Scott Foil RC Ultimate review: Despite this success, the Scott Foil has also been criticised for being overly stiff and uncomfortable on rough roads, leading some to question whether it truly meets the needs of riders who prioritize comfort and endurance over pure speed.
Now, with the release of the new 2022 Scott Foil, the company is aiming to strike a better balance between aerodynamic performance and ride quality. With a redesigned frame and fork, updated geometry, and the latest in component technology, the 2022 Scott Foil promises to be a more versatile and comfortable bike than its predecessors, while still maintaining its reputation as a true race machine.
SCOTT FOIL RC ULTIMATE: THE FRAME
The Scott Foil RC Ultimate features a full carbon frame and fork, with an HMX-SL carbon layup that’s designed to offer the best possible stiffness-to-weight ratio. The frame has a slightly updated geometry compared to its predecessor, with a longer wheelbase and shorter chainstays that provide increased stability and better power transfer.
One of the key features of the frame is its integration, with all cables and wires routed internally. The frame is compatible with both mechanical and electronic drivetrains, allowing riders to choose their preferred setup. The frame also features a proprietary seatpost design that’s designed to offer improved aerodynamics and compliance.
The Foil RC Ultimate also features a unique dropout design that’s been developed specifically for the bike. The design allows for easy wheel changes and adjustments, and features a replaceable hanger that can be swapped out in case of damage.
Overall, the Foil RC Ultimate’s frame is a testament to Scott’s commitment to innovation and quality. The frame is both lightweight and stiff, with excellent integration and features that are designed to improve performance and ease of use.
Based on my observation, the seatpost of the Scott Foil didn’t provide as much flex as the one on the Cervelo R5, which is highly impressive. However, it still offers a considerable amount of compliance and was more effective in reducing vibrations than other similar designs from other brands.
Additionally, it is worth noting that a rear light can be fitted into the D-shaped slot on the seatpost for increased visibility without compromising aerodynamics, although this feature comes at an extra cost of $44.99 / £39.99.
Scott claims that the weight reduction of the Foil is due to several factors, such as a better carbon lay-up, fewer carbon pieces and joints (30% less), and attention to details like seatstays and seat clamp. The frame’s weight is claimed to be 915g in a size 54cm, while the Specialized Tarmac SL7 in a size 56cm weighs 800g.
The Scott Foil, equipped with SRAM Red groupset and Zipp 454 NSW wheels, weighed 7.28kg in a size 54cm. In comparison, the Specialized Tarmac SL7 with Shimano Dura-Ace groupset and Roval Rapide CLX 51/60mm wheels weighed 6.6kg in a size 52cm, putting it just under the UCI weight limit. Although the Specialized had a smaller frame size and less deep wheels, the weight difference between the two bikes was still significant at almost 700 grams.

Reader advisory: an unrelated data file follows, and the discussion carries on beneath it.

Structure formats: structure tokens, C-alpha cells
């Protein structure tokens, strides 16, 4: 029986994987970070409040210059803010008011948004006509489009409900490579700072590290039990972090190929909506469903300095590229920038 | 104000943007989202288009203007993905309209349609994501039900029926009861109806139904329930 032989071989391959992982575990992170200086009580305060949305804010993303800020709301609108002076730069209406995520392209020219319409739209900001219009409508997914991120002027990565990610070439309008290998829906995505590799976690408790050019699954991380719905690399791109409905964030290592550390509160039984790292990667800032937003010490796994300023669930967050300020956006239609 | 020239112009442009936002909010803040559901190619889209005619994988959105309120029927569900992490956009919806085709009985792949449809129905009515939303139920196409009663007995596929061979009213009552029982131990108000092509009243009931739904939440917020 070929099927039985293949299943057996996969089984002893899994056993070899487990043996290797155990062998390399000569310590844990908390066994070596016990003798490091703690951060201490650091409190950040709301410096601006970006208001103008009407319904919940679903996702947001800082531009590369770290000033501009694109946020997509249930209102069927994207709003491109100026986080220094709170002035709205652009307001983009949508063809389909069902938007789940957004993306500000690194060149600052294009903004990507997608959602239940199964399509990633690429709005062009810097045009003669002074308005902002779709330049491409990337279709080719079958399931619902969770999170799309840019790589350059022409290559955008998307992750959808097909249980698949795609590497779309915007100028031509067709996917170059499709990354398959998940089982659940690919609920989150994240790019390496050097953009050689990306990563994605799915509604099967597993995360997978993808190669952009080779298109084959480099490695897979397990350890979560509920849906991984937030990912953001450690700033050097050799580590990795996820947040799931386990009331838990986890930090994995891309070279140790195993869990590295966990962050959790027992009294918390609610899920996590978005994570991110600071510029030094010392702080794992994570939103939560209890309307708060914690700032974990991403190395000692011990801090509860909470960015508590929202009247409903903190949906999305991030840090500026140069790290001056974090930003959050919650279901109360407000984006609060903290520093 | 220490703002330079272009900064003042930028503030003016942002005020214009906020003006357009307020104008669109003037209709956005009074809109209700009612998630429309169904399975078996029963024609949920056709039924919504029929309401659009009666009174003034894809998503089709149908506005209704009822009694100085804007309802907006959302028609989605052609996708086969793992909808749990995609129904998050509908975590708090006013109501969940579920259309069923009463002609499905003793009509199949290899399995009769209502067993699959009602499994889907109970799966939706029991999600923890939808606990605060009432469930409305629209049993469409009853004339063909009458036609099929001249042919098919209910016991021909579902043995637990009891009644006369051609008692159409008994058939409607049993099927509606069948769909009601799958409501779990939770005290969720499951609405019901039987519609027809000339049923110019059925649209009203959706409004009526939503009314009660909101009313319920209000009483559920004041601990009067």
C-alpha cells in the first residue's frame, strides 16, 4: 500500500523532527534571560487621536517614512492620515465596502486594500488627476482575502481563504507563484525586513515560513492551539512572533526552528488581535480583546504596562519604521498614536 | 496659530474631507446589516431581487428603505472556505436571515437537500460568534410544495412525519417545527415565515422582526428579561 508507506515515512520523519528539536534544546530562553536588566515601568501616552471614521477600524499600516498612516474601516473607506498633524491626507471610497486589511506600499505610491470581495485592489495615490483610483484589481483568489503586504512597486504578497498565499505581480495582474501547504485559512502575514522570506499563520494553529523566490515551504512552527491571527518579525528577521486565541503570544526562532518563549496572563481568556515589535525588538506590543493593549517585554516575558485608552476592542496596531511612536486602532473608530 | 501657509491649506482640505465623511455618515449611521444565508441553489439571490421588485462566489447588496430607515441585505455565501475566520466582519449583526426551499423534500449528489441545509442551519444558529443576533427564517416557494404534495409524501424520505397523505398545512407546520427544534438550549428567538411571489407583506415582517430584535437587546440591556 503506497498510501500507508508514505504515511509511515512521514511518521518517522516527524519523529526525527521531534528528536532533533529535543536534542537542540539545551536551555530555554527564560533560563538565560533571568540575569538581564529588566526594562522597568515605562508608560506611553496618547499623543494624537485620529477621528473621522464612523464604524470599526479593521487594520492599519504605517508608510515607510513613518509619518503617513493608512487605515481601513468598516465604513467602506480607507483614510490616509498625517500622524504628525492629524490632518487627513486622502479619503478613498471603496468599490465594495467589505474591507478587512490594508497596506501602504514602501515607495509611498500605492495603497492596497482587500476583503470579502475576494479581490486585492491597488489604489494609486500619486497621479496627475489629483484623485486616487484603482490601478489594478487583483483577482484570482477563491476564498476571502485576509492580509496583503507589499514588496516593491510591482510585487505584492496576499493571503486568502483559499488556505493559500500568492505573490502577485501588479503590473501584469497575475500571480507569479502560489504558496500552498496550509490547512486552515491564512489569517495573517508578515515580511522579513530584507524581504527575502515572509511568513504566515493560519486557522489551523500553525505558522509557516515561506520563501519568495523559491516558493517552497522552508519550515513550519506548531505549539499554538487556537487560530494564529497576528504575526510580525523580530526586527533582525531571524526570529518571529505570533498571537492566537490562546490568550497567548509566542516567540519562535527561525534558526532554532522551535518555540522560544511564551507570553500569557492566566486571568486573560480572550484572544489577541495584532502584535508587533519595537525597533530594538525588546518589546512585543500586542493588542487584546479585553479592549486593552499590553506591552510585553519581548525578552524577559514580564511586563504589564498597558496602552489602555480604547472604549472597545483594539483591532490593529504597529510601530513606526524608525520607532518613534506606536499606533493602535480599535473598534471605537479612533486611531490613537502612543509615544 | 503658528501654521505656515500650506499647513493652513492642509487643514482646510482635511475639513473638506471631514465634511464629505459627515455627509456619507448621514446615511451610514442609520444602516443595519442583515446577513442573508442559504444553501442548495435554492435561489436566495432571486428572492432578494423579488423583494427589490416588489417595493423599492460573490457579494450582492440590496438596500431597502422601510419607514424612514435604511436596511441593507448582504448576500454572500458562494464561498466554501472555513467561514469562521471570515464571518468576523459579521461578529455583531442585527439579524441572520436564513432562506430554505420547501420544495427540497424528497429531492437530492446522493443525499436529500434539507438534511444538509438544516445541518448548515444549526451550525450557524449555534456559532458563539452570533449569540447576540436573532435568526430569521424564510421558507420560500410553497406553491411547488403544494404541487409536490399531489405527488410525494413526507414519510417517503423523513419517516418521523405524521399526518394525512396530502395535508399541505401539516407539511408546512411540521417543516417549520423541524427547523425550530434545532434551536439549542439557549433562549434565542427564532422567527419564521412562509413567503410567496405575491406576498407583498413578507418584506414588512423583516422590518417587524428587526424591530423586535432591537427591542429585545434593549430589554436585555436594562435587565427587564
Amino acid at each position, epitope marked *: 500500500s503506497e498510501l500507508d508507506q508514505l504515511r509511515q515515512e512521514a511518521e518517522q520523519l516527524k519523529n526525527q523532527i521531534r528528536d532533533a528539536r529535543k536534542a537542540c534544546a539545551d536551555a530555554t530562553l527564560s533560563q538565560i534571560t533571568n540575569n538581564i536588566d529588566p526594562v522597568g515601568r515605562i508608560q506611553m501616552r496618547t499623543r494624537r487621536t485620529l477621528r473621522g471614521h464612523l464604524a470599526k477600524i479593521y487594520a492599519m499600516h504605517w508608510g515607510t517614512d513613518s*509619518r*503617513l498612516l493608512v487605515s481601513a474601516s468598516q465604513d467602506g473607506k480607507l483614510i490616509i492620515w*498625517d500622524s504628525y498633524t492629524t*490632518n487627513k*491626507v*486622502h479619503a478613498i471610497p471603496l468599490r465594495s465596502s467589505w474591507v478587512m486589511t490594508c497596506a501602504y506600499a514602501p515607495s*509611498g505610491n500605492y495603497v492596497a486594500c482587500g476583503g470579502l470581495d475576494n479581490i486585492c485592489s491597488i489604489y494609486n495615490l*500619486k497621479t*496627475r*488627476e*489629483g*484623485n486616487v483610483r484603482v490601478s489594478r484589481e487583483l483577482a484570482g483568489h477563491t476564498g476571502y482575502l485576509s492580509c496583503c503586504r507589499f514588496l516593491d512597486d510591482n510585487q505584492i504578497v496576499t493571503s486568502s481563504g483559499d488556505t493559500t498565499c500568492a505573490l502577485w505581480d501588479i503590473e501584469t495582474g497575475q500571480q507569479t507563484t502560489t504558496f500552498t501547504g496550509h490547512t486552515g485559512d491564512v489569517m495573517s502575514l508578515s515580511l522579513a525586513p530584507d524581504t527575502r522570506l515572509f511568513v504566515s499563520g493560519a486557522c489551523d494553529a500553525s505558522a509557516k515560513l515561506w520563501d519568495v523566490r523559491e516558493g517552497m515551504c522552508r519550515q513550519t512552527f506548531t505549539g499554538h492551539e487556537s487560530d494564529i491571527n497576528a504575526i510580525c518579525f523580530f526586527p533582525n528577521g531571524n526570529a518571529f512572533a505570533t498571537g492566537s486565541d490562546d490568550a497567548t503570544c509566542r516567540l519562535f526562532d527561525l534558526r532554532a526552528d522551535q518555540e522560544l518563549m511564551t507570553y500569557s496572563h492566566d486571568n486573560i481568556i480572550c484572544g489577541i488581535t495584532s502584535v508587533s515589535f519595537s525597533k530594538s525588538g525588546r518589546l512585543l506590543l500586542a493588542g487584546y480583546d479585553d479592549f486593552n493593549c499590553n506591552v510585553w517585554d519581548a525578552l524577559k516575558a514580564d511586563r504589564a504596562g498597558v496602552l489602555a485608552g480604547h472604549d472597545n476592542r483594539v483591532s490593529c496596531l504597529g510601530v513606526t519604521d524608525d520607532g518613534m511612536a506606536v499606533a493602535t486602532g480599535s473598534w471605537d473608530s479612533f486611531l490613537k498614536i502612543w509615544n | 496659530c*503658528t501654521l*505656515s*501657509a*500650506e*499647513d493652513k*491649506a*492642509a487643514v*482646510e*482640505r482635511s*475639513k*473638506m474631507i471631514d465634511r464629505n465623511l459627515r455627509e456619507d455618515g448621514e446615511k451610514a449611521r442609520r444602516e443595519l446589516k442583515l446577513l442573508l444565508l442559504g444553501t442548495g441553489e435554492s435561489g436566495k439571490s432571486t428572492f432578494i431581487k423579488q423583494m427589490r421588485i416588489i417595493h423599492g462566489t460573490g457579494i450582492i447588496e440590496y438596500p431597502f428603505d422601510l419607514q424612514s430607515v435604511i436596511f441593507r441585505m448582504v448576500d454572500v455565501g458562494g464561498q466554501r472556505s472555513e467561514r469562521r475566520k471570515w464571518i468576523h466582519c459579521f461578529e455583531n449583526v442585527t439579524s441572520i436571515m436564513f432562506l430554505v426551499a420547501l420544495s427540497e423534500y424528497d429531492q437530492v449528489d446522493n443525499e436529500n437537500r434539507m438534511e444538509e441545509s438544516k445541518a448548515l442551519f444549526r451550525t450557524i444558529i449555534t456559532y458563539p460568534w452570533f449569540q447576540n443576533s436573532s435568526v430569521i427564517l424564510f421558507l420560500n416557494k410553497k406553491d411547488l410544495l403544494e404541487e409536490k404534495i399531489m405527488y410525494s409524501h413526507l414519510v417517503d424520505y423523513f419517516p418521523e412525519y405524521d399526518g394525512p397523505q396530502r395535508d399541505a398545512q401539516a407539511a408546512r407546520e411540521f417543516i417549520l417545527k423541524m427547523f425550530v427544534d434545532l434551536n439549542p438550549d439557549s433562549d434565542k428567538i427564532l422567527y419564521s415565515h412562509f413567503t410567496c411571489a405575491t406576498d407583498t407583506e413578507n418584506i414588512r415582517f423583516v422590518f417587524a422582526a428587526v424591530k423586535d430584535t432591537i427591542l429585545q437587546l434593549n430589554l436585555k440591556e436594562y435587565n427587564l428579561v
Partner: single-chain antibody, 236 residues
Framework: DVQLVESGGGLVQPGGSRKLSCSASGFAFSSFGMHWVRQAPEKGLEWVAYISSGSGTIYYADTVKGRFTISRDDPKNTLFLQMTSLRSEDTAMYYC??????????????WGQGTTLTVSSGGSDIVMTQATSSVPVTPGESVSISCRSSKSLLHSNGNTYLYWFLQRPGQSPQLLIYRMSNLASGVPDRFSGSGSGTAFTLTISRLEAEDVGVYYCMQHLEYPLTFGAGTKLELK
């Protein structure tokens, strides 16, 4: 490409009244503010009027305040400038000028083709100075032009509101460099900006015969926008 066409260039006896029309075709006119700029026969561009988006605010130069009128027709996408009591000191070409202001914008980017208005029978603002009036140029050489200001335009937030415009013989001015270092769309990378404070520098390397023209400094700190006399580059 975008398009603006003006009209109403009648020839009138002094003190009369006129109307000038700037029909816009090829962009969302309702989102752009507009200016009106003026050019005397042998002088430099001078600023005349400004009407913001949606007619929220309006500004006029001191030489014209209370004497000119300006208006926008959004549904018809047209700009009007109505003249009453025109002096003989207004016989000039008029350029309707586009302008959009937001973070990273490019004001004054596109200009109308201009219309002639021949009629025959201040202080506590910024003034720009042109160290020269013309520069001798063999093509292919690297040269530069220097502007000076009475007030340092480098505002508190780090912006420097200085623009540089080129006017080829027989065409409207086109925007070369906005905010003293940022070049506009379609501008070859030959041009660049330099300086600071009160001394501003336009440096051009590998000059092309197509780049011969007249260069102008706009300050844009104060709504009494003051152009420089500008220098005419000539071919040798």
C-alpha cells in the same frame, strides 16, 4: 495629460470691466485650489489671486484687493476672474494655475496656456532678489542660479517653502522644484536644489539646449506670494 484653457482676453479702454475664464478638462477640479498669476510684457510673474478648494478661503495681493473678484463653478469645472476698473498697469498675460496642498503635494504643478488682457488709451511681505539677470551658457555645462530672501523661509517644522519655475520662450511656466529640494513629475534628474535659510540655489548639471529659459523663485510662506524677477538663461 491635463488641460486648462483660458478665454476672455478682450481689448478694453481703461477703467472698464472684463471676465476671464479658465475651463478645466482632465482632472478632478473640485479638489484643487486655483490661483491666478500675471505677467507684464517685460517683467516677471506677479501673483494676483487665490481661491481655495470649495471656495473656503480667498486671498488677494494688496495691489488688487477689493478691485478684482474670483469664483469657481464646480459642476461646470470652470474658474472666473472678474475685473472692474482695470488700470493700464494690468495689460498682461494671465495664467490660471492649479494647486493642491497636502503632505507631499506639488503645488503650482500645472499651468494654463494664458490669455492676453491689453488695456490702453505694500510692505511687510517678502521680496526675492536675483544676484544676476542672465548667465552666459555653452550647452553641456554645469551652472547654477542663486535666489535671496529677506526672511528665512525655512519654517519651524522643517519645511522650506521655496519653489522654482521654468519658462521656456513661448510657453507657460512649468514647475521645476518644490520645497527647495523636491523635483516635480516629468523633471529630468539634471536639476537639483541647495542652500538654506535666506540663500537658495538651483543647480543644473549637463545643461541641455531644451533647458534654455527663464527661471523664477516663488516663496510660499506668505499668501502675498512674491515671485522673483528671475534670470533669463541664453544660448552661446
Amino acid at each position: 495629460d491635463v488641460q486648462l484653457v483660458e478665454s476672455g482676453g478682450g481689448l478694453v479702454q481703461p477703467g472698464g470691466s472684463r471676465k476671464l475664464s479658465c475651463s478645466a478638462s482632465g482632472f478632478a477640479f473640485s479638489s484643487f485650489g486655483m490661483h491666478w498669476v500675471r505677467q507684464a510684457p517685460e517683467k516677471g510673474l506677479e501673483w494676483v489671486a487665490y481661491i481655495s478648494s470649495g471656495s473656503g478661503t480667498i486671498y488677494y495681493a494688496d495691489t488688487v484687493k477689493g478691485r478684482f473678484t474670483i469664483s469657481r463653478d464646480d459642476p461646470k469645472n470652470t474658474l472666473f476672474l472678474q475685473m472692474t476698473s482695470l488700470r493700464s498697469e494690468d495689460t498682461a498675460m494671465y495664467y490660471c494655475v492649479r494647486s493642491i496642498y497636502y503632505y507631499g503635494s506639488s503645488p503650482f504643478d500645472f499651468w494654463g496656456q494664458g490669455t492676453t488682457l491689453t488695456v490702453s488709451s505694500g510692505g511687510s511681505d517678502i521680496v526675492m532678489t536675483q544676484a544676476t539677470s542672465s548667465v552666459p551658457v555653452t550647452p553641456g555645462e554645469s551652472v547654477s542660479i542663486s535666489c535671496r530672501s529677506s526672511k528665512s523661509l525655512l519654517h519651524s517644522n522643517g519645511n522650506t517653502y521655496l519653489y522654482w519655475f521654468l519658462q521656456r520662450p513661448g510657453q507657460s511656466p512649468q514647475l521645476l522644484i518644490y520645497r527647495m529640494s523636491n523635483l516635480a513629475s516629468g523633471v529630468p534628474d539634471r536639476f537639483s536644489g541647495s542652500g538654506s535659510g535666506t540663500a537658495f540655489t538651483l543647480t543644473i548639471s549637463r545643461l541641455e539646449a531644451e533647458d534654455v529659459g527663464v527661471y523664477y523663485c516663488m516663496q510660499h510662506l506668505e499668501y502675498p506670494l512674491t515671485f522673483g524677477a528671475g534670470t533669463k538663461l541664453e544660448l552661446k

The aerodynamics of the Scott Foil have been significantly improved compared to its predecessor. Scott has opted for a deeper design throughout the frame, even having the seat tube hug the rear wheel, similar to what is more commonly seen on time trial bikes. The combination of all the modifications is said to result in the new model being one minute and 18 seconds faster over 40km at 40kph compared to the previous iteration.
The Scott Foil we tested features mostly SRAM components, including a Red AXS groupset with an integrated power meter and the top-of-the-range Zipp 454 NSW wheels. The bike is fitted with Schwalbe Pro One tires in both 25mm and 28mm widths to balance aerodynamics and comfort.
This geometry, combined with the stiff and responsive frame, means that the Scott Foil RC Ultimate is a bike that is built for speed and aggressive riding. It feels incredibly planted and stable when cornering at high speeds, while still being nimble and responsive enough to tackle technical descents with ease.
The Scott Foil RC Ultimate is not an outlier when it comes to geometry, but it is not the most aggressive or zippy model out there. The 72.5-degree head angle, 412mm chainstays, and a 70mm BB drop position it towards the controlled and stable end of the spectrum. Models that are more aggressive tend to have head angles over 73 degrees, chainstays of 410mm or less, and a BB drop well into the 60s.
However, the Foil’s HMF carbon frame is a work of art in its own right. It has been designed to be as aerodynamic as possible, with wind tunnel testing being a significant part of the design process. The truncated aerofoil shape that makes up much of the tubing is a testament to this – it’s a design feature that’s been around on the Foil for years, and Scott have continued to refine it for the latest model.